growth models, quality is mandated (5). It is understood that
growth at any cost will create instability and the eventual col-
lapse of the system (6).
CE is exemplied by multiple planning and
implementation levels (2). The CE hierarchy includes
the microlevel (single process or single company),
mesolevel (industrial clusters or eco-industrial parks),
and macrolevel (from cities to national economies). Each
level requires different tools and policies. For example,
cleaner production, ecodesign, environmental labeling,
and green procurement are appropriate for microlevel CE
management. The mesolevel may use green supply chains
and industrial symbiosis, while the macrolevel uses micro-
and mesolevel tools within a broader policy strategy (e.g.,
eco-designing large-scale regulations and CE-oriented
incentive and tax policies).
The economic advantages associated with CE practices
are clear (7) as the country moves toward smart, innovation-
driven economic growth with minimal environmental
degradation (8). However, a true decoupling of economic
growth, resource use, and environmental impact has yet to
occur. It is crucial to identify a new economic and production
School of Environmental Science and Engineering, Shanghai Jiao Tong University,
Shanghai, China
Worcester Polytechnic Institute, Worcester, Massachusetts, USA
Department of Science and Technology, Parthenope University of Naples, Naples, Italy
School of Environment, Beijing Normal University, Beijing, China
Corresponding Author:
model to help maintain China’s growth and development,
while simultaneously preventing the nation from becoming a
global environmental pariah.
A number of characteristics of China’s economy and poli-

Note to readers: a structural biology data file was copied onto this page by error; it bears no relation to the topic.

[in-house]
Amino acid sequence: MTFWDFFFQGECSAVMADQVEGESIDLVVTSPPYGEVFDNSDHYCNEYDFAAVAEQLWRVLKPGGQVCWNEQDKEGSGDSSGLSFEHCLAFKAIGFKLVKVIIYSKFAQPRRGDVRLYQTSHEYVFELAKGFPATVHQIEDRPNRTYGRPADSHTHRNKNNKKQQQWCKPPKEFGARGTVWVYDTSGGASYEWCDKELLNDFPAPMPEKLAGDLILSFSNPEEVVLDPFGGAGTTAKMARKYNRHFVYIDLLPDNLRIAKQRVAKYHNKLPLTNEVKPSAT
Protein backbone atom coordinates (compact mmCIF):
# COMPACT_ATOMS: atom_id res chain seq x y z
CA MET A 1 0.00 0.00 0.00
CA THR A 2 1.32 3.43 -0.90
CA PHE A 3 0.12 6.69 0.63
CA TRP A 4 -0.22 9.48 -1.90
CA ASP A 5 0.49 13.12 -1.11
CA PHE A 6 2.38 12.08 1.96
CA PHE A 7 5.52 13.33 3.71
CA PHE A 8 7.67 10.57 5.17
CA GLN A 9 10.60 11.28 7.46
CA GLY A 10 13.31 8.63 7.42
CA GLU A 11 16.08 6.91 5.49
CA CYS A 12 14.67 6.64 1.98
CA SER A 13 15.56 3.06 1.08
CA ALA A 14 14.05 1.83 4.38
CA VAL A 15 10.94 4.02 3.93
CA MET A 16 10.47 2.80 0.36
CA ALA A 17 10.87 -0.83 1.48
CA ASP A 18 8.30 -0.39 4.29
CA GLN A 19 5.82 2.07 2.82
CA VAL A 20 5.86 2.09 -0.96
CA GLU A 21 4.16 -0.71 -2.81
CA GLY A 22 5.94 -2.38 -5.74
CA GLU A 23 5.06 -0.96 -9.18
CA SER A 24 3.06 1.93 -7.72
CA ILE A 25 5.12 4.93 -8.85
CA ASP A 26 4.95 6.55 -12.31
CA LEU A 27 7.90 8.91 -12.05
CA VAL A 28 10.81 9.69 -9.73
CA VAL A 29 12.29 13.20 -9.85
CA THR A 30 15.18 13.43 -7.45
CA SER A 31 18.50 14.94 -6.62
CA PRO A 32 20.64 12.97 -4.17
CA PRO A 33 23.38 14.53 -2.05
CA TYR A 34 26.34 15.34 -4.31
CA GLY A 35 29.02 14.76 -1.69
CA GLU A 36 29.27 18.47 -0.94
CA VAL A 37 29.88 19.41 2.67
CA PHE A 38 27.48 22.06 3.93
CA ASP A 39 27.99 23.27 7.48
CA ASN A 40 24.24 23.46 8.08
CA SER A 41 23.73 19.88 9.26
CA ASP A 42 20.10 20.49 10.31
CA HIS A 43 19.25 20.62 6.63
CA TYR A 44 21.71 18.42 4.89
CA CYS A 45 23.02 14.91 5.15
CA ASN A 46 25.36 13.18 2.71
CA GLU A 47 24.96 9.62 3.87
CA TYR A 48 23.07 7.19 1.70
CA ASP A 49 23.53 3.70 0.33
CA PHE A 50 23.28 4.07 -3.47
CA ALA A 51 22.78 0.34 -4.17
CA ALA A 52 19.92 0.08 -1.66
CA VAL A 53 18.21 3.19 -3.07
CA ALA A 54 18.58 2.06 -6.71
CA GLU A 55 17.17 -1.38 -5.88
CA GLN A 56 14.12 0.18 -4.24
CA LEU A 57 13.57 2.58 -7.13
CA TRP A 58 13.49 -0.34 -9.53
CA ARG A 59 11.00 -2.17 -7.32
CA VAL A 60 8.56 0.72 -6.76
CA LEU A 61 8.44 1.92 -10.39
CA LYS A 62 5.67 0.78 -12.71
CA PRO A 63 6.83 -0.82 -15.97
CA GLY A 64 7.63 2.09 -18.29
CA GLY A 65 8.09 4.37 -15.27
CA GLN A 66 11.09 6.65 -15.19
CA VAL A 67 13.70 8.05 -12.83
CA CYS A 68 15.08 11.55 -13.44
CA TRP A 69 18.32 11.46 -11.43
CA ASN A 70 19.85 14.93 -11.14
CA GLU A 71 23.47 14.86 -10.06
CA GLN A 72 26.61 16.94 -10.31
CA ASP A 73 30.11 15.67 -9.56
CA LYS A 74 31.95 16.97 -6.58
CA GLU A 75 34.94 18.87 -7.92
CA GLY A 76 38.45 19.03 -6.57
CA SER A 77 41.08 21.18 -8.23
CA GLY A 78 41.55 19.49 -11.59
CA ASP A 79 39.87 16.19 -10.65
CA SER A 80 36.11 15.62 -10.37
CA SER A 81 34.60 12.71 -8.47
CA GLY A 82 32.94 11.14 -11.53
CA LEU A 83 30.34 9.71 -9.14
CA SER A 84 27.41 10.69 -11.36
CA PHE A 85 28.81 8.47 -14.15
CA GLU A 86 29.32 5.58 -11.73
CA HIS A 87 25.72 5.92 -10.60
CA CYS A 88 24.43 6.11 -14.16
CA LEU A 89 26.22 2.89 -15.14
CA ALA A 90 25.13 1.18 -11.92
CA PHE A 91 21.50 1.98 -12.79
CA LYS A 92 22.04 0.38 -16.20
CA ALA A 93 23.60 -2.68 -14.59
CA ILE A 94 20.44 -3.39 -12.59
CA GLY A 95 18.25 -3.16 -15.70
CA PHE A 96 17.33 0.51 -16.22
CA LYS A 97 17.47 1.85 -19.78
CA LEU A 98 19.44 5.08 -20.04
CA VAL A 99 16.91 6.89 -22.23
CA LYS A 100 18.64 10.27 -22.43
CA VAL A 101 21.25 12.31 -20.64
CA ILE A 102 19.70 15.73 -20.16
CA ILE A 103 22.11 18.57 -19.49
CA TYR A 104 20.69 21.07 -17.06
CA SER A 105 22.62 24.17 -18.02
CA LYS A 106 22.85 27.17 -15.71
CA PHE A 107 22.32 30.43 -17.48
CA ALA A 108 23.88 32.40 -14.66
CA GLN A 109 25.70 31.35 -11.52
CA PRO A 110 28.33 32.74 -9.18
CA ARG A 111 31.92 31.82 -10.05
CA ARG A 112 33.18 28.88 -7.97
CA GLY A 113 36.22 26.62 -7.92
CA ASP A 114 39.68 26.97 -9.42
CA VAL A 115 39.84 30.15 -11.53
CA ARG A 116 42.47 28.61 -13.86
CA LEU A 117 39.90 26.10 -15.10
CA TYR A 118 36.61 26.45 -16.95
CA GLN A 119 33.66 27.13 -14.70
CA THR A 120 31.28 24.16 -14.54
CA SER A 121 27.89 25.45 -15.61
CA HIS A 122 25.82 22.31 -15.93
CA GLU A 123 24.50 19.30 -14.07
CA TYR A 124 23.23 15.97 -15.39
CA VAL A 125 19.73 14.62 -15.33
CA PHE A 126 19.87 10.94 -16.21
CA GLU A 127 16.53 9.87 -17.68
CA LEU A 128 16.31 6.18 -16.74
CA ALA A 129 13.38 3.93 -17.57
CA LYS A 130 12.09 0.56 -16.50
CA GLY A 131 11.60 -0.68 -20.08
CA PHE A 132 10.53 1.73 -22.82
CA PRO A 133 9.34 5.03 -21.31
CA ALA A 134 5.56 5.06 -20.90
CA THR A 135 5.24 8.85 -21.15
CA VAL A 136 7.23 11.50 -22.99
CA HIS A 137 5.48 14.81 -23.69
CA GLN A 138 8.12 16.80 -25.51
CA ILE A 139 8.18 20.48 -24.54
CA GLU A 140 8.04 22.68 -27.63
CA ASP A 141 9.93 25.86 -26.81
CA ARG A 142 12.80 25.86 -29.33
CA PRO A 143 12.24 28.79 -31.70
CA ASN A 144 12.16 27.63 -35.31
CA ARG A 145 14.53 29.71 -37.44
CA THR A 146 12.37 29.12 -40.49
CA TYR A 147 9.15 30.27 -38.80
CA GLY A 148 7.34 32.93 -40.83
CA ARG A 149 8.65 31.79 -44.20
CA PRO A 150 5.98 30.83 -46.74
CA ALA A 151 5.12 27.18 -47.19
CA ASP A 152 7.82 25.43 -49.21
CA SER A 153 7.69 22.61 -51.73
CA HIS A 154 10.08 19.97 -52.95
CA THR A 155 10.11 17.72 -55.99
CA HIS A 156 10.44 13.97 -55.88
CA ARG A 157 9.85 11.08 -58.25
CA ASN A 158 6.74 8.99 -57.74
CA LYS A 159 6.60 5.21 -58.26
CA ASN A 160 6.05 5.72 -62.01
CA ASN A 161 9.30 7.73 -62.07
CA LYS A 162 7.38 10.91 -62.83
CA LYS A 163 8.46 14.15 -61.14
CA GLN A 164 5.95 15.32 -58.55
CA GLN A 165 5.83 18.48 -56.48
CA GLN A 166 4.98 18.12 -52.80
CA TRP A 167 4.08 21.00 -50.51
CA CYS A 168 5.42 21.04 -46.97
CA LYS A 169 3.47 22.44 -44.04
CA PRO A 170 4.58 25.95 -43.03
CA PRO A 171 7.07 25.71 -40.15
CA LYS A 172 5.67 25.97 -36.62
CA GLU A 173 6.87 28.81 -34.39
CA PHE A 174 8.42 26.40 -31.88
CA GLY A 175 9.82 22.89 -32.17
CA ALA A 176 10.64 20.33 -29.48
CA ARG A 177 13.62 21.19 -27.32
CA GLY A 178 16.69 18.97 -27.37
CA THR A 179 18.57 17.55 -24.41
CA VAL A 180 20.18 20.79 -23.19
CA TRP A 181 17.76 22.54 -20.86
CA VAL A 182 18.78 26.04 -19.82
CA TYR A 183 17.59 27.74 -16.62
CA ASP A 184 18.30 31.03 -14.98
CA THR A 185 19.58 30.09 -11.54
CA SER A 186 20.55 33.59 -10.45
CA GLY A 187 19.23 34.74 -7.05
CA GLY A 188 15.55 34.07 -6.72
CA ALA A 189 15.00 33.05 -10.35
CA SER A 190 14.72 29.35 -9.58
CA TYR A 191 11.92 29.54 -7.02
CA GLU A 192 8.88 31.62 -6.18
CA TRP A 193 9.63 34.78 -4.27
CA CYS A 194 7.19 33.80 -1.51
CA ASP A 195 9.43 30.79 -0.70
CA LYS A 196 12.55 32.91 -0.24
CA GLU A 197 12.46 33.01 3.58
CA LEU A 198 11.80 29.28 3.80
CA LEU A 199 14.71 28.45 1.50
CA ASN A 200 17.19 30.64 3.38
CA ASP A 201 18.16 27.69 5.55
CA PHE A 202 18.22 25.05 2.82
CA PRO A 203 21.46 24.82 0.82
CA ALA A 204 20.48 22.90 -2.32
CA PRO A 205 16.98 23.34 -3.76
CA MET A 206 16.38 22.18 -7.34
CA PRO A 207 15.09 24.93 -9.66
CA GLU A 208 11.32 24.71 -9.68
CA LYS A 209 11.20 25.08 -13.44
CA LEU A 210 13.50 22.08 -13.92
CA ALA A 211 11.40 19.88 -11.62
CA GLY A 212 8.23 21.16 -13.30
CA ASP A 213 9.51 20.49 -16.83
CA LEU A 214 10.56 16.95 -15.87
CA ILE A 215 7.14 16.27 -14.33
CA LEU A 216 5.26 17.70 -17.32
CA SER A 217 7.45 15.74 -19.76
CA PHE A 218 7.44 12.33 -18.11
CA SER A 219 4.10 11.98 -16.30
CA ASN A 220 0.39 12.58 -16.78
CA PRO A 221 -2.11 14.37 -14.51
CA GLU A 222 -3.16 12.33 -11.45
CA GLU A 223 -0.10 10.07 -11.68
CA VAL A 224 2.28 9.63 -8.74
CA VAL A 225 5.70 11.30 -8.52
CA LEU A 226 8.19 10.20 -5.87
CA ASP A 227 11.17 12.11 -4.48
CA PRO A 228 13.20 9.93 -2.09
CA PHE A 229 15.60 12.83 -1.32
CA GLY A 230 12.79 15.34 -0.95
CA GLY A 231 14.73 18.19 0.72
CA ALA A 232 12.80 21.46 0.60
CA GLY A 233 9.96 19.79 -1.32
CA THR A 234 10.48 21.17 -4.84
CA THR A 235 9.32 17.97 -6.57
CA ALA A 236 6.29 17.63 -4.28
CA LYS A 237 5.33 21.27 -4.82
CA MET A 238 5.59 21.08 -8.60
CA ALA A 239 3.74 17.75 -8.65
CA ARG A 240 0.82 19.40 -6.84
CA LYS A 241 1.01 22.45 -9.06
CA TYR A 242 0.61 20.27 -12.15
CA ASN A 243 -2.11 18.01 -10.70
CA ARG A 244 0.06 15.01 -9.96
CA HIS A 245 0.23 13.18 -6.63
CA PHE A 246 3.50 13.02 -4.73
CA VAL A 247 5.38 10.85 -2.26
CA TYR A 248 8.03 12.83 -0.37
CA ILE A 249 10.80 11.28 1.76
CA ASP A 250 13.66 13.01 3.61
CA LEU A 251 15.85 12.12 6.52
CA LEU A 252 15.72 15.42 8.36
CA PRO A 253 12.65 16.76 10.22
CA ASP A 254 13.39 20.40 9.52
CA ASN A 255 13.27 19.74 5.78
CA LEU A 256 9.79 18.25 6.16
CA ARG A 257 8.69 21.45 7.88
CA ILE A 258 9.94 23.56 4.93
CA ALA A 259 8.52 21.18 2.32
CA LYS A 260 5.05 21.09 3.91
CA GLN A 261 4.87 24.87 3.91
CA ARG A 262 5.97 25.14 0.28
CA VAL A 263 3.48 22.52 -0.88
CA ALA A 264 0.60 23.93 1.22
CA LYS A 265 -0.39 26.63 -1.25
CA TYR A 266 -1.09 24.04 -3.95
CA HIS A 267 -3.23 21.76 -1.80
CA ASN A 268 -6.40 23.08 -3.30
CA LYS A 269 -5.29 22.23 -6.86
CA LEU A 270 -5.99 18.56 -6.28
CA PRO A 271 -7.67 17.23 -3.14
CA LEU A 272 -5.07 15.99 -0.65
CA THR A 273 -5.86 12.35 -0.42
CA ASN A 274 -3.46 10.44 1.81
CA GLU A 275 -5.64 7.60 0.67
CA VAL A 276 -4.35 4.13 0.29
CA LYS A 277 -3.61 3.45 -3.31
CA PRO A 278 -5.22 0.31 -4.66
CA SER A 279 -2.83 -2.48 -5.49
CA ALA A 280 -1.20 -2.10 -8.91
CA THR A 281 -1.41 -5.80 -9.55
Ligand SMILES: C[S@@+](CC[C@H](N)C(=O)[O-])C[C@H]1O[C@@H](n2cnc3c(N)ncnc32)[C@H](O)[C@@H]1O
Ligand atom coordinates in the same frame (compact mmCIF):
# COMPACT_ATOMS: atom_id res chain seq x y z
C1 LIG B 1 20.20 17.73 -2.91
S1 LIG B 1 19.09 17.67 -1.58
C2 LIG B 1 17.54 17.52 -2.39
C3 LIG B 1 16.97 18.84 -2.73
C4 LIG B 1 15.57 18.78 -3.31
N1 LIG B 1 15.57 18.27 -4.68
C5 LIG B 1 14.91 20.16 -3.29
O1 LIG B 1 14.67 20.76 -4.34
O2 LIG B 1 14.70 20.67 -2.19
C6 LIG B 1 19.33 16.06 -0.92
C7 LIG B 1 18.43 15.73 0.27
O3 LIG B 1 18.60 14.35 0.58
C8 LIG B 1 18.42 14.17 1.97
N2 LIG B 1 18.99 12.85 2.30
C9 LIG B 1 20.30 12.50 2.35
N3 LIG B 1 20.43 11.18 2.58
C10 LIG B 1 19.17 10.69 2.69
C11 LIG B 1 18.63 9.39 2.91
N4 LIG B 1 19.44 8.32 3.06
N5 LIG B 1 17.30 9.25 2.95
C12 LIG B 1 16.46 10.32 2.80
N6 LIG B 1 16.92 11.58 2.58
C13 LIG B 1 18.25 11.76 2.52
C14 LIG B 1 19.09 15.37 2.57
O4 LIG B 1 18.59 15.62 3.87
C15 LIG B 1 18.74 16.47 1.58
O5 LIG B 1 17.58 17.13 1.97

cy planning make it a good candidate for CE. First, pollution
is a major issue, affecting the daily quality of life for a large
portion of the Chinese population. Second, the Chinese
economy is still growing, which allows for the redirection
of efforts and the addressing of miscues. Third, China has
comprehensive national ve-year plans that coordinate na-
tional and local policies, potentially making implementation
easier. Finally, China’s CE conceptualization is an important
dimension of national policy, providing a framework and a
motivation for innovative economic models.
Overcoming China’s CE challenges
The road to CE success will not be smooth. Concerns
related to community and individual consumption, institu-
tional and physical infrastructure, technology development,
effective management metrics, and broadening awareness
still remain.
Community and individual behavior that results in the
increased use of materials, and the corresponding increase
in emissions, needs to be addressed. It is essential to pro-
mote responsible consumption. Governmental leadership
concerning consumption practices can provide an important
impetus for CE. The government can play a role in reaching
the necessary critical mass in consumption demand that will
support the development of markets for green technologies,
products, and services (9). Green products and services